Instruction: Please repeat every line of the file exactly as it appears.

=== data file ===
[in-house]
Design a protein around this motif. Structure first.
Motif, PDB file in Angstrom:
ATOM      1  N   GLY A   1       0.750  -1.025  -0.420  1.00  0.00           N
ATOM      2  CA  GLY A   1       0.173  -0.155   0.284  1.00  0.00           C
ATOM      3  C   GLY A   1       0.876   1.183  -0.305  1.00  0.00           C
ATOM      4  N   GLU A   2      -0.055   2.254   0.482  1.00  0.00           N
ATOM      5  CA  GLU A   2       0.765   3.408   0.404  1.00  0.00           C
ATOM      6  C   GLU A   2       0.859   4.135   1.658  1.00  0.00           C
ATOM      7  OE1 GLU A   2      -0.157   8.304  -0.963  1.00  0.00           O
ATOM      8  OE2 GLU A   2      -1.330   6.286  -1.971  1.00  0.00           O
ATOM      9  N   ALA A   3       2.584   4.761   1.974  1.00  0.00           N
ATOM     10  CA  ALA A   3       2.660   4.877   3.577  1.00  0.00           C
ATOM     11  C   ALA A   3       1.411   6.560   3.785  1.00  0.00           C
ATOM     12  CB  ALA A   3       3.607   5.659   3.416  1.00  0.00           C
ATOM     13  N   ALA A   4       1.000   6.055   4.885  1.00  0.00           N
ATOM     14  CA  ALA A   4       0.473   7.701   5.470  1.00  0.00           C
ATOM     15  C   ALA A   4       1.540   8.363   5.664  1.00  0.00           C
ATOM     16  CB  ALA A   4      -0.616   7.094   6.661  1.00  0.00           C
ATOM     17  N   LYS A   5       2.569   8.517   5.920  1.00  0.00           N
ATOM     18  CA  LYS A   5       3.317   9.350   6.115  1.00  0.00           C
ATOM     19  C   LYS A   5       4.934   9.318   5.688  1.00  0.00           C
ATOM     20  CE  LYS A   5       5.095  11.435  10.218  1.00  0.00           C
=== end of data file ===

[in-house]
Design a protein around this motif. Structure first.
Motif, PDB file in Angstrom:
ATOM      1  N   GLY A   1       0.750  -1.025  -0.420  1.00  0.00           N
ATOM      2  CA  GLY A   1       0.173  -0.155   0.284  1.00  0.00           C
ATOM      3  C   GLY A   1       0.876   1.183  -0.305  1.00  0.00           C
ATOM      4  N   GLU A   2      -0.055   2.254   0.482  1.00  0.00           N
ATOM      5  CA  GLU A   2       0.765   3.408   0.404  1.00  0.00           C
ATOM      6  C   GLU A   2       0.859   4.135   1.658  1.00  0.00           C
ATOM      7  OE1 GLU A   2      -0.157   8.304  -0.963  1.00  0.00           O
ATOM      8  OE2 GLU A   2      -1.330   6.286  -1.971  1.00  0.00           O
ATOM      9  N   ALA A   3       2.584   4.761   1.974  1.00  0.00           N
ATOM     10  CA  ALA A   3       2.660   4.877   3.577  1.00  0.00           C
ATOM     11  C   ALA A   3       1.411   6.560   3.785  1.00  0.00           C
ATOM     12  CB  ALA A   3       3.607   5.659   3.416  1.00  0.00           C
ATOM     13  N   ALA A   4       1.000   6.055   4.885  1.00  0.00           N
ATOM     14  CA  ALA A   4       0.473   7.701   5.470  1.00  0.00           C
ATOM     15  C   ALA A   4       1.540   8.363   5.664  1.00  0.00           C
ATOM     16  CB  ALA A   4      -0.616   7.094   6.661  1.00  0.00           C
ATOM     17  N   LYS A   5       2.569   8.517   5.920  1.00  0.00           N
ATOM     18  CA  LYS A   5       3.317   9.350   6.115  1.00  0.00           C
ATOM     19  C   LYS A   5       4.934   9.318   5.688  1.00  0.00           C
ATOM     20  CE  LYS A   5       5.095  11.435  10.218  1.00  0.00           C